Black families have made up most of the public housing in Chicago since the 1960s. But many had to leave the city in the aftermath of the Plan for Transformation because the cost of living became untenable. Even for Black residents who weren’t living in public housing, those who lived in vicinity to it were displaced when financial speculators gobbled up properties and drove up land values. Locals in nearby buildings couldn’t afford to stay and were gentrified out. Today, more than 200,000 people are on the waiting list for public housing in Chicago, including those displaced decades ago. 

“We’re in year 23 [of waiting],” Wilson told reporters outside the CHA building. “We still have a lot of vacant housing land. But over the past ten years, they’ve been getting rid of that land for other interests.” The crowd behind him yelled back, “That ain’t right! Wilson said there’s a housing crisis locally and nationally: evictions are increasing, price gouging for rent and homes has outpaced the wallets of those trying to buy them, and Chicagoans need public housing to combat this. In Chicago, Wilson said, landlords have free reign to raise prices, making public housing one of the few places residents have financial protections.

CHA housing is reserved for residents who meet the agency’s income limit, capped at 80% of the Chicago metropolitan area’s median income. People living in public housing are only required to pay 30 to 40 percent of their wages toward rent. But private landlords can charge as much as they want, and can raise a tenant’s rent by any amount for any reason.

A group of protestors with signs
Protestors demonstrate outside CHA’s downtown office. The agency is under fire for selling off public housing land to private buyers. Credit: Debbie-Marie Brown

“We know they’re not going to do it all, but the audacity to have all of those lots, all the big land for possible land disposition, it’s just crazy,” Wilson said. “This is our public comment. We’re saying we don’t want this plan. [CHA’s] sending the message that we’re not building housing back. We don’t want to bring Black people back.”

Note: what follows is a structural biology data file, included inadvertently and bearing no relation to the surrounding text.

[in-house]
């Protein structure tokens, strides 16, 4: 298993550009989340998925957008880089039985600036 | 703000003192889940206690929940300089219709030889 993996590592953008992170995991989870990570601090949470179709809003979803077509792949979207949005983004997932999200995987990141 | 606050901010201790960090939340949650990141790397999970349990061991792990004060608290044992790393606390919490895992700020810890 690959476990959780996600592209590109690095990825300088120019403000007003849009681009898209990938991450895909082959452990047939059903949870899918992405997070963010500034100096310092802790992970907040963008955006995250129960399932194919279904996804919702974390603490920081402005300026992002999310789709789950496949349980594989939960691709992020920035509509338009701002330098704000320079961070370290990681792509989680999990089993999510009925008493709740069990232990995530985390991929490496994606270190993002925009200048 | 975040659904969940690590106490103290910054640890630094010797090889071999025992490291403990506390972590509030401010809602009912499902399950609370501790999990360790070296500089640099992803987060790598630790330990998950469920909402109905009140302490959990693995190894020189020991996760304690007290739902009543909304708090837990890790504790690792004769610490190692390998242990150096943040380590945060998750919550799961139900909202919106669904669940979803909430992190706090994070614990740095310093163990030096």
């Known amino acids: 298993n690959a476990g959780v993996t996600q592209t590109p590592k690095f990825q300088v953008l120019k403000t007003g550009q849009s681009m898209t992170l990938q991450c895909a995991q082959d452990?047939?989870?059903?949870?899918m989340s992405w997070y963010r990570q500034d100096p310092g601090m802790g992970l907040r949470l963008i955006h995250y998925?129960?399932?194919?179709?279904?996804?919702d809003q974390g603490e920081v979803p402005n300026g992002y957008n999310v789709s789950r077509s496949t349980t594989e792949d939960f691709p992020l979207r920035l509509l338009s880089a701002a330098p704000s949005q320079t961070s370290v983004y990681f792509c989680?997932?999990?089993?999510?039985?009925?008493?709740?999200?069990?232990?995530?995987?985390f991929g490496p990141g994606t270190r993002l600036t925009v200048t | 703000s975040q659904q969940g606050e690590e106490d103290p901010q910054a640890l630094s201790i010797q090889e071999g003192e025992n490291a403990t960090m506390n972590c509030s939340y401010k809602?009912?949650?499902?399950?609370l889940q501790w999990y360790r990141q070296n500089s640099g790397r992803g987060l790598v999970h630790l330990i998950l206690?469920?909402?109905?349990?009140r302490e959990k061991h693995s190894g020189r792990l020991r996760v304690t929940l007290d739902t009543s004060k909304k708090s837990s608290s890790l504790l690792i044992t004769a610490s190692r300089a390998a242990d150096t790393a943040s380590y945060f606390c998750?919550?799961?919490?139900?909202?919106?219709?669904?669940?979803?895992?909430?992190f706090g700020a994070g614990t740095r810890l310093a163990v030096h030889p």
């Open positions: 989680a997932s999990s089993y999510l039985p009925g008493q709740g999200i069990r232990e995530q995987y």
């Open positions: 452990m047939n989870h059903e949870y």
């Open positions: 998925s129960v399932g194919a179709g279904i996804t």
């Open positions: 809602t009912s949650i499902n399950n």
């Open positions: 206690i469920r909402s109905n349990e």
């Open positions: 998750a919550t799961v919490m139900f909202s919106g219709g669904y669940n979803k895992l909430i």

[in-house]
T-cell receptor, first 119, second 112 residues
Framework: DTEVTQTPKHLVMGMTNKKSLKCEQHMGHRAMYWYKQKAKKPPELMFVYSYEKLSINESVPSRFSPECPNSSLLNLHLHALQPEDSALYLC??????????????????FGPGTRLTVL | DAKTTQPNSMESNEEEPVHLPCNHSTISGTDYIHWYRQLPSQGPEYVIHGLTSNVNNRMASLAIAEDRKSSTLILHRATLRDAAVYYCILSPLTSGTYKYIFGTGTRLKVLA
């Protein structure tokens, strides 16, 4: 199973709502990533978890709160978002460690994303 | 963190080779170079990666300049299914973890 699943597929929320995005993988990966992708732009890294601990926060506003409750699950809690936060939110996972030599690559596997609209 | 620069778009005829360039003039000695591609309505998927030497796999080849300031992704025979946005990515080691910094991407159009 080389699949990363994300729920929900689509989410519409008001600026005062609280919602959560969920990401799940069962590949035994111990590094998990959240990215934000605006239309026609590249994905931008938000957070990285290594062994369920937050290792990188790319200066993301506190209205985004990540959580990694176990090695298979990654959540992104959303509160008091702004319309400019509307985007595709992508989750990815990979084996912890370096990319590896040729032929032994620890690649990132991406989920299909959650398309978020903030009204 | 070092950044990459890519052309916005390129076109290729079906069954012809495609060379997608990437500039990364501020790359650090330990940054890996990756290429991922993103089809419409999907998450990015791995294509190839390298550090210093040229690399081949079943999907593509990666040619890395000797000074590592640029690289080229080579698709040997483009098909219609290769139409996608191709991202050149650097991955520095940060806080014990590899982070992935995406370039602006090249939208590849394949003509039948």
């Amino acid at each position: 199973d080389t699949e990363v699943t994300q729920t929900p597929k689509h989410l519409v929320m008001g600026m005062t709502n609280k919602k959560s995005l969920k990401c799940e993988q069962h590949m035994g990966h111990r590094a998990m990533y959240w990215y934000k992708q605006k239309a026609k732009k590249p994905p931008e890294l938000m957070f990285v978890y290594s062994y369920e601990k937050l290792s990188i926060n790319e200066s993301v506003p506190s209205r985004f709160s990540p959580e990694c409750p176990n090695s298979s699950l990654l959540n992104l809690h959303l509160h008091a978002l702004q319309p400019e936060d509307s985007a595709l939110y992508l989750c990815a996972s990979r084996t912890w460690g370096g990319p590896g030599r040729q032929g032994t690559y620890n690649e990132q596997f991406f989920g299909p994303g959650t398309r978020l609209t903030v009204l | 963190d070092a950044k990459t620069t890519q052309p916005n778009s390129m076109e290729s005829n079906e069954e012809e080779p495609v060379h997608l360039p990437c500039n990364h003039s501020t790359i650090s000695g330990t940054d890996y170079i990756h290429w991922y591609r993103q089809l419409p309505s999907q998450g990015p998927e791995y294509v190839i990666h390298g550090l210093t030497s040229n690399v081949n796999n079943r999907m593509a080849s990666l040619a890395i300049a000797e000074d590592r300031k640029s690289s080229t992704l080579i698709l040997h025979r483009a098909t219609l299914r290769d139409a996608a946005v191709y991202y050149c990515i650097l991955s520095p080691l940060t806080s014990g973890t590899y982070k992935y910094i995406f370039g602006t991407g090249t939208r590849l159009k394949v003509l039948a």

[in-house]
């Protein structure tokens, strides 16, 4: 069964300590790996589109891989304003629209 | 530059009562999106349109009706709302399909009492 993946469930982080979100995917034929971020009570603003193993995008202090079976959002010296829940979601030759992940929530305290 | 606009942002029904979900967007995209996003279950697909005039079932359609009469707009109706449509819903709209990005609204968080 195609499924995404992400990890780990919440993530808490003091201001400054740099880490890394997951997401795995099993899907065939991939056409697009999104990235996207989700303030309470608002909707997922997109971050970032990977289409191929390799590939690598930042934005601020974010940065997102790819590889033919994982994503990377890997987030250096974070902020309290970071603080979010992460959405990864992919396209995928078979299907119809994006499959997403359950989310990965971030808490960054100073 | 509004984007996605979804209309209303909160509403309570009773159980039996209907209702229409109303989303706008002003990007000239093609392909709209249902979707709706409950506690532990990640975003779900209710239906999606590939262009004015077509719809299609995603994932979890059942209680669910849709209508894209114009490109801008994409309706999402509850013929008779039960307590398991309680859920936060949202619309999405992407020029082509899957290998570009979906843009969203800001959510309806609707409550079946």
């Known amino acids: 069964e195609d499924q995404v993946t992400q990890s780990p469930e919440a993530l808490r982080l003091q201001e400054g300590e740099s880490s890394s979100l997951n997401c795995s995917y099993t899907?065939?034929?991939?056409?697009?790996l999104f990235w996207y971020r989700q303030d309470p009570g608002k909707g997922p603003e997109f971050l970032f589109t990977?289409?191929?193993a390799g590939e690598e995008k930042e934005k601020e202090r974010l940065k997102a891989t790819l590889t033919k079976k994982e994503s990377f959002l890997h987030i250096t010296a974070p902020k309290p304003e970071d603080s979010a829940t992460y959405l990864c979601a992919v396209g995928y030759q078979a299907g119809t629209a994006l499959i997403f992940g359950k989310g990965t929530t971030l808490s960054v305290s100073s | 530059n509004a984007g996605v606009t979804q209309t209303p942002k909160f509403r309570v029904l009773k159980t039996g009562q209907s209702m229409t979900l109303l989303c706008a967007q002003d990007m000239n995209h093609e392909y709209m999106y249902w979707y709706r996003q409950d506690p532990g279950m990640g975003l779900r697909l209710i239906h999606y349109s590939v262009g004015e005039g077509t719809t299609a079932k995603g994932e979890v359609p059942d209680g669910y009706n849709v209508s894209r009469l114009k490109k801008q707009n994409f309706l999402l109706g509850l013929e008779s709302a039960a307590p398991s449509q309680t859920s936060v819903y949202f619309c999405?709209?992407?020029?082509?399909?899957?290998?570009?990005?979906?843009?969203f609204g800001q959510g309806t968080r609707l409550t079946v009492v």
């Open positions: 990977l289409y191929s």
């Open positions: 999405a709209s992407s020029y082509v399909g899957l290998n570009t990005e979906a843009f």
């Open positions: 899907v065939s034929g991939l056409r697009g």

The group accused the CHA of not encouraging real community engagement for building back public housing. Instead, they see CHA as focused on getting rid of the land to “make a quick buck” for whatever public or private endeavors they want. They also want Mayor Brandon Johnson to weigh in on the issue since he promised on the campaign trail he would put  a moratorium on selling off public land to private companies.

“Now’s the time. He’s in power, this is time to do it,” Wilson said. “[CHA] is supposed to be about the business of providing housing for those who are the most vulnerable, and they have been doing an abysmal job at that. And that’s why we’re here.”

HUD requires CHA to list all properties and pieces of land, including public and affordable housing, in its draft plan, or more formally, the Proposed FY2024 Moving to Work (MTW) Annual Plan. As an MTW agency, CHA is permitted flexibility in funding and regulations by HUD for endeavors specifically geared toward increasing low-income housing options and encouraging self-sufficiency from residents. Now that the public comment period for the 2024 draft has closed, the CHA’s board and HUD must give their approval. It is customary for CHA to include a list of all vacant public housing land in this draft to give itself flexibility to pursue more affordable housing opportunities that become available over the next year.